Tuesday, January 26, 2010

Back to Hospital

Hello again, dear friends!

It is a good thing that we do not know things in advance, because if we did, most of us would run away as fast as we can. I am so grateful God gives us the strength we need daily, and that we can rest on that fact. We never need strength for the week, but just for one day at a time.

Christopher goes to the day clinic at least twice a week now, to check his bloods. This Monday, they discovered that his creatin levels had risen by 23 points. In the past, that many points were insignificant due to his already high levels of creatin, but because his levels have stabilized in the 80's, a 20 point increase is very significant.

He was booked into the Hospital again last night, and is on a four day intravenous drip of imunosupressants. This is an extra dose of steroids to ward off the possibility of his body rejecting the graft kidney. I am told this is not that unusual in the early days of a transplant. We trust the Lord that this will be enough, and that his body will learn to 'accept' the new organ in good time.

Acute rejection can come at any time, and I am grateful that the Doctors were pro-active enough to deal with the situation. Once again, I was caught unawares, and had to shift my priorities for the week. What a good lesson this is to learn! Just when you feel organized and self-sufficient, something happens that reminds you that God may have other plans.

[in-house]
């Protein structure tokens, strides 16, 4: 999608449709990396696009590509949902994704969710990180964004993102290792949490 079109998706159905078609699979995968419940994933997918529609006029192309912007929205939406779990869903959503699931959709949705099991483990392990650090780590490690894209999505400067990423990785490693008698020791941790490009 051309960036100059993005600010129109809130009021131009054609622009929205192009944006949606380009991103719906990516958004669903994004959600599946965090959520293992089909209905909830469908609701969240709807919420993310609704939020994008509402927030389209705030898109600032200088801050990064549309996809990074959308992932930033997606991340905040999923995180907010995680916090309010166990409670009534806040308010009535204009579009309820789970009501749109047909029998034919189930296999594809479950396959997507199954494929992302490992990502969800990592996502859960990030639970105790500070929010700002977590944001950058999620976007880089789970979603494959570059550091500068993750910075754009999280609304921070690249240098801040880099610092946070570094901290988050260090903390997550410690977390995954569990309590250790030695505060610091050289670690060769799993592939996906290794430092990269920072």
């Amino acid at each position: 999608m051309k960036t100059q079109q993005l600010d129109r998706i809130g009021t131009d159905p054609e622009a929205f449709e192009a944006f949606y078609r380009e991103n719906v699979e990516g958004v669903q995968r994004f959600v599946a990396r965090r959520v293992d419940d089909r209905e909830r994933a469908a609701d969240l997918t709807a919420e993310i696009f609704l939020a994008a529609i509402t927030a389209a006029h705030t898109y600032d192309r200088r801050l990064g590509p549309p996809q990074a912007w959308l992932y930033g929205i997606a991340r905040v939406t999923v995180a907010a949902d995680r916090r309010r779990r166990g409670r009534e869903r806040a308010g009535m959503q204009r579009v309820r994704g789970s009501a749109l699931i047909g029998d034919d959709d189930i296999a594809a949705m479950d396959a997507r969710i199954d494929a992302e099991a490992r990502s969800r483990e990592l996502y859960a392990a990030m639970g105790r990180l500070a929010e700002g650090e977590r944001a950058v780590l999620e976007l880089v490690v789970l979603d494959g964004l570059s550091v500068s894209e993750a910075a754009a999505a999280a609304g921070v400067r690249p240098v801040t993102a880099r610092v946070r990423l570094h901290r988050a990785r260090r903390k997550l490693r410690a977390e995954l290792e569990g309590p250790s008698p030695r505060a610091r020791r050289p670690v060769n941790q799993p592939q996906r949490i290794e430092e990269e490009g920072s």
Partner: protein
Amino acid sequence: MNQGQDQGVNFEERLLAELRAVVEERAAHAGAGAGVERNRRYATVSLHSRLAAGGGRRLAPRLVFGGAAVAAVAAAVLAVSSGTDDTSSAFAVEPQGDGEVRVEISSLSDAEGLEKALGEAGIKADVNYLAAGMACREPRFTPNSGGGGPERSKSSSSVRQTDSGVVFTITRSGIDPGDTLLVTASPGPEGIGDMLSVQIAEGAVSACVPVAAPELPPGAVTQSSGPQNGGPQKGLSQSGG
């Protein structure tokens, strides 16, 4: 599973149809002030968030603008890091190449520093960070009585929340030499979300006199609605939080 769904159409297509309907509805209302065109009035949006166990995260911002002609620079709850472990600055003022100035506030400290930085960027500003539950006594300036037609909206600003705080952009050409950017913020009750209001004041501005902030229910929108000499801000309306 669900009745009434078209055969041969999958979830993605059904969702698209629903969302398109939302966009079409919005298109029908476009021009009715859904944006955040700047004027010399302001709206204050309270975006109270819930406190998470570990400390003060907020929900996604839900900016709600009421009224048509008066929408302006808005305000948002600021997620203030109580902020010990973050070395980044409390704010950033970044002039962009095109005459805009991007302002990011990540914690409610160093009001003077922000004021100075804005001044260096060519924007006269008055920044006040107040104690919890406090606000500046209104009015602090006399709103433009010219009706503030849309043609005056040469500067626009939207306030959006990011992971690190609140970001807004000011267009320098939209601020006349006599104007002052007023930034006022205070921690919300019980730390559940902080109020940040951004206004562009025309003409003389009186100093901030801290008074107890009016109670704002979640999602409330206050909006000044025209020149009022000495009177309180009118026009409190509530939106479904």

Thank you for your prayers, and may our Heavenly Father bless you this week in the situations you face.

With love,


Saturday, January 16, 2010

Back Home at last

Dear faithful praying friends!

God has been gracious and has allowed Christopher to be well enough to come home. It is such a relief to have him with us again, and I do not miss the three trips daily to the Hospital Ward to deliver food, drink and company!! (Yes, the Hospital food is less, much less than desirable!)

His levels are getting more and more stable, although the electrolytes are still off balance as the graft kidney settles in. He still has the stent, which is allowing the blockage to be cleared. In about 5 - 6 weeks they will remove it via a scope. The hope is that the blocked ureter (my ureter from my kidney) will then have a free flowing connection between the graft kidney and Christopher's bladder.

We are settling into a routine of taking his vast amount of medication three times a day. Christopher has become very good at this, and understands his responsibility. The big risk factor now is infection. Because he feels better, he wants to participate in his previous activities again, but of course this is way too premature. He needs to stay at home for the next two months at least. I pray the Lord will bless him with patience of a different kind now!

As I try to put things into perspective and as I look back at all that has transpired, I am amazed at how God prepared us as a family for this. God gives us the children that He wants us to raise, and while it is sometimes hard to understand why we have such an ill son, I know that God chose Peter and I to raise and nurture him. I praise God for friends like you, who have helped us along this road with your prayers and encouragement.

It is a privilege for Peter and I to be Christopher's parents, and my prayer is that we would rise to the occasion daily, to train him up to be all that God has called him to be. Indeed, we pray this for each of our children.